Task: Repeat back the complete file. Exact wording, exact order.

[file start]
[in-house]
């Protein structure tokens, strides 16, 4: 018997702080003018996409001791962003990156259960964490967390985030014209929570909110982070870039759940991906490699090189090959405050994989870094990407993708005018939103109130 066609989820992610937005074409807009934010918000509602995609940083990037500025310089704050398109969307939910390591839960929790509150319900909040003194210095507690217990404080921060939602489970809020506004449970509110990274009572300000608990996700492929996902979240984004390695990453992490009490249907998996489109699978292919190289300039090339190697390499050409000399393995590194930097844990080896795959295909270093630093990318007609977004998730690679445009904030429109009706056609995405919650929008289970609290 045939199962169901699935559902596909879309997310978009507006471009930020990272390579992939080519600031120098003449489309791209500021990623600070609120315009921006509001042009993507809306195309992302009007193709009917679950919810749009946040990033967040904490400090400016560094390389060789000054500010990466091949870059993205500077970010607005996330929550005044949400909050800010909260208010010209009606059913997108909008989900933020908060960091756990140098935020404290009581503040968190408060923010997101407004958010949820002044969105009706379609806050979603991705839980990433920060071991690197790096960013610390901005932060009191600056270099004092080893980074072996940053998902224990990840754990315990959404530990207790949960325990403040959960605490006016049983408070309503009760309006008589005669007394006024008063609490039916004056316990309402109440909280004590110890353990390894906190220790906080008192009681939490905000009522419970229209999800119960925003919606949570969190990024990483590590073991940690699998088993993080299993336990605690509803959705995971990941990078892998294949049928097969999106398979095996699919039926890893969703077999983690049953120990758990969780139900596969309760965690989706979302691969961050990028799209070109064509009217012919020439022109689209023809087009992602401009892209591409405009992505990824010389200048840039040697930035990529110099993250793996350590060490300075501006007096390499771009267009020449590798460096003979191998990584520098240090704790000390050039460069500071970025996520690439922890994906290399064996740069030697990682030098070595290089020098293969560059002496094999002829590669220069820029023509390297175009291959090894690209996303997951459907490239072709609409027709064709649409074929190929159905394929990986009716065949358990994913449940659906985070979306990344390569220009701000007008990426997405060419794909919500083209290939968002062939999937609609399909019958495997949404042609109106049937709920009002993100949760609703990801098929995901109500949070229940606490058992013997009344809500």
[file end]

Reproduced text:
[in-house]
């Protein structure tokens, strides 16, 4: 018997702080003018996409001791962003990156259960964490967390985030014209929570909110982070870039759940991906490699090189090959405050994989870094990407993708005018939103109130 066609989820992610937005074409807009934010918000509602995609940083990037500025310089704050398109969307939910390591839960929790509150319900909040003194210095507690217990404080921060939602489970809020506004449970509110990274009572300000608990996700492929996902979240984004390695990453992490009490249907998996489109699978292919190289300039090339190697390499050409000399393995590194930097844990080896795959295909270093630093990318007609977004998730690679445009904030429109009706056609995405919650929008289970609290 045939199962169901699935559902596909879309997310978009507006471009930020990272390579992939080519600031120098003449489309791209500021990623600070609120315009921006509001042009993507809306195309992302009007193709009917679950919810749009946040990033967040904490400090400016560094390389060789000054500010990466091949870059993205500077970010607005996330929550005044949400909050800010909260208010010209009606059913997108909008989900933020908060960091756990140098935020404290009581503040968190408060923010997101407004958010949820002044969105009706379609806050979603991705839980990433920060071991690197790096960013610390901005932060009191600056270099004092080893980074072996940053998902224990990840754990315990959404530990207790949960325990403040959960605490006016049983408070309503009760309006008589005669007394006024008063609490039916004056316990309402109440909280004590110890353990390894906190220790906080008192009681939490905000009522419970229209999800119960925003919606949570969190990024990483590590073991940690699998088993993080299993336990605690509803959705995971990941990078892998294949049928097969999106398979095996699919039926890893969703077999983690049953120990758990969780139900596969309760965690989706979302691969961050990028799209070109064509009217012919020439022109689209023809087009992602401009892209591409405009992505990824010389200048840039040697930035990529110099993250793996350590060490300075501006007096390499771009267009020449590798460096003979191998990584520098240090704790000390050039460069500071970025996520690439922890994906290399064996740069030697990682030098070595290089020098293969560059002496094999002829590669220069820029023509390297175009291959090894690209996303997951459907490239072709609409027709064709649409074929190929159905394929990986009716065949358990994913449940659906985070979306990344390569220009701000007008990426997405060419794909919500083209290939968002062939999937609609399909019958495997949404042609109106049937709920009002993100949760609703990801098929995901109500949070229940606490058992013997009344809500």